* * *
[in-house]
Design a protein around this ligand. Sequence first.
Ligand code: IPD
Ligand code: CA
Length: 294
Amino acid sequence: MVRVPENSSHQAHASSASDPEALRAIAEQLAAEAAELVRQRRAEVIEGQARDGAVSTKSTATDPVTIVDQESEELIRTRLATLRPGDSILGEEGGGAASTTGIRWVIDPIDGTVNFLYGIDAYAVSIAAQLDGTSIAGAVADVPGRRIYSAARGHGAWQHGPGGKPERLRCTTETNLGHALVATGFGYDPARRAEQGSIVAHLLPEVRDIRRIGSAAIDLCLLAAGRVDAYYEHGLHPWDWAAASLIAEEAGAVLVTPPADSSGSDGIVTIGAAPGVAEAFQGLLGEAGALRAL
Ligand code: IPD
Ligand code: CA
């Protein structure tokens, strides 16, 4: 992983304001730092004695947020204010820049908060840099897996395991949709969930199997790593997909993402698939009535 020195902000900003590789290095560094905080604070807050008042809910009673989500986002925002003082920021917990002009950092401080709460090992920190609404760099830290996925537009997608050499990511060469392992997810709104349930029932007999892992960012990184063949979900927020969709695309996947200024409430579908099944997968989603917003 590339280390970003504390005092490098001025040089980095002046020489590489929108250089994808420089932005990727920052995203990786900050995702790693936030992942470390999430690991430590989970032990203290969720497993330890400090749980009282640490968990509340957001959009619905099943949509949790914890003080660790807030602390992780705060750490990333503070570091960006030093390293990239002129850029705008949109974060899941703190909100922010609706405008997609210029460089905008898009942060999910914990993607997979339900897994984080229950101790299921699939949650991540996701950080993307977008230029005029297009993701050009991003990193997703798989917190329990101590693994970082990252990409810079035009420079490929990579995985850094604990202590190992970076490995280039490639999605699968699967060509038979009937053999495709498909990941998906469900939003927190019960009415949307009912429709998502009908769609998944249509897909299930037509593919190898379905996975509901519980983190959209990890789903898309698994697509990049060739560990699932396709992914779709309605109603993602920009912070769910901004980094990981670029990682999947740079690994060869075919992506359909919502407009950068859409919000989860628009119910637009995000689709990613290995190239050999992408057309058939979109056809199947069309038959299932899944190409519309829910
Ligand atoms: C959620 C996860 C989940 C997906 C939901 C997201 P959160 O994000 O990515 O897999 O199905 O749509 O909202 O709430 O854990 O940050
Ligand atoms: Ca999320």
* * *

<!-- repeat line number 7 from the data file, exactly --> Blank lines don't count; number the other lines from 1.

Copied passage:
Ligand code: IPD